I saw that, and I agree it's not impossible, but if it was normal, and what should be expected, then a lot more land would already be protected. What does the developer get out of donating the land? Would you rather live in a nature preserve with 15 other houses and miles of hiking trail? Or a McMansion farm? Donating the rest of the land makes those houses really special, ie valuable. Without that, buy low sell high, right? It's a real estate developer. It would have cost at least double, maybe more. If it was a sale instead of a gift. The Whatcom Land Trust has been involved with this all along, surely they're rational actors, who are going to take the best option they can get. Luckily, because the rest of Governors Point was a gift, they still have all their budget to buy other land, maybe wetlands birds need to survive. And achieve the maximum amount of good possible. If they had to raise $15 million to buy the entire peninsula, that's all they can achieve for years, and all they've done is prevent 16 houses. Instead they get to keep doing other good and most of the peninsula is spared from further development. It's the best deal possible in our capitalist world.

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Bramble_Scramble
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PostThu Sep 28, 2023 8:25 pm 
Has anyone here been there? I'm curious about the road design. Is it supposed to look like waves or something? I've never seen anything like it.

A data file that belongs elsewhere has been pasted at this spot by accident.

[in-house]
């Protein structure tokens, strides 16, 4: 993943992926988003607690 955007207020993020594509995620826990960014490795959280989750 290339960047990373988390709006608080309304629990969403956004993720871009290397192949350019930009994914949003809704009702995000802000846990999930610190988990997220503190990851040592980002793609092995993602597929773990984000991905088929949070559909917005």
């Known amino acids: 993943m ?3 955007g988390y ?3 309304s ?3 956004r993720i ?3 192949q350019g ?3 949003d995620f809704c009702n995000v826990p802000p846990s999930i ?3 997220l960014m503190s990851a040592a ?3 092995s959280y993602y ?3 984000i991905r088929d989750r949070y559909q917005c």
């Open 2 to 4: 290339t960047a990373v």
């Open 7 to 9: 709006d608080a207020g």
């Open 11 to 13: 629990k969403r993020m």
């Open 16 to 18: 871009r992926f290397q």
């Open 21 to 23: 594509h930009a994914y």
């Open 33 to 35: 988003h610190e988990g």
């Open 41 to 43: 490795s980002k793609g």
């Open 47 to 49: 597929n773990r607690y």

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Logbear
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Logbear
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PostThu Sep 28, 2023 8:47 pm 
altasnob wrote:
What's stopping the new home owners from mowing down every tree on their property, removing the native vegetation, and planting grass just so they have that sunset view from their living room?
Nothing will stop them from cutting down whatever they want. They just need to have their tree guy bring some young trees to replace the big ones they cut and they're good.
Quote:
Clearing, pruning, and revegetation of buffer areas for view purposes will be allowed on the lots as approved with notification under 16.16.235.B.5. For each conifer tree greater than 8” DBH and each deciduous tree greater than 12” DBH that must be cut down to accommodate the proposed site design, 1 young tree will be planted in the retained forest portions of the lots or within the adjacent Reserve Tract A. For each tree greater than 21” DBH that must be cut down to accommodate the proposed site design, 3 young native trees will be planted in the retained forest portions of the lots or within the adjacent Reserve Tract A

“There is no such thing as bad weather, only inappropriate clothing.” – Sir Ranulph Fiennes
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Logbear
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Logbear
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PostThu Sep 28, 2023 9:00 pm 
Cyclopath wrote:
What does the developer get out of donating the land?
He gets to say he donated the land. It was excess land anyway. That area is zoned RR5A (1 home/5 acres) It's just a matter of math. Each homesite now is between 1 and 2 acres. To make each homesite come up to 5 acres there is the common area. In this case the common area is 98 acres. 16 homesites would need 80 acres. The developer could have built more homes and made each lot 5 acres, but it would still be limited to about 20 homes. Instead of having 5 acre lots, or a common area owned by an HOA, he gave the common area to the Whatcom Land trust. Now the Whatcom Land Trust can deal with it when it becomes a fire hazard or develops "danger trees".

“There is no such thing as bad weather, only inappropriate clothing.” – Sir Ranulph Fiennes

Cyclopath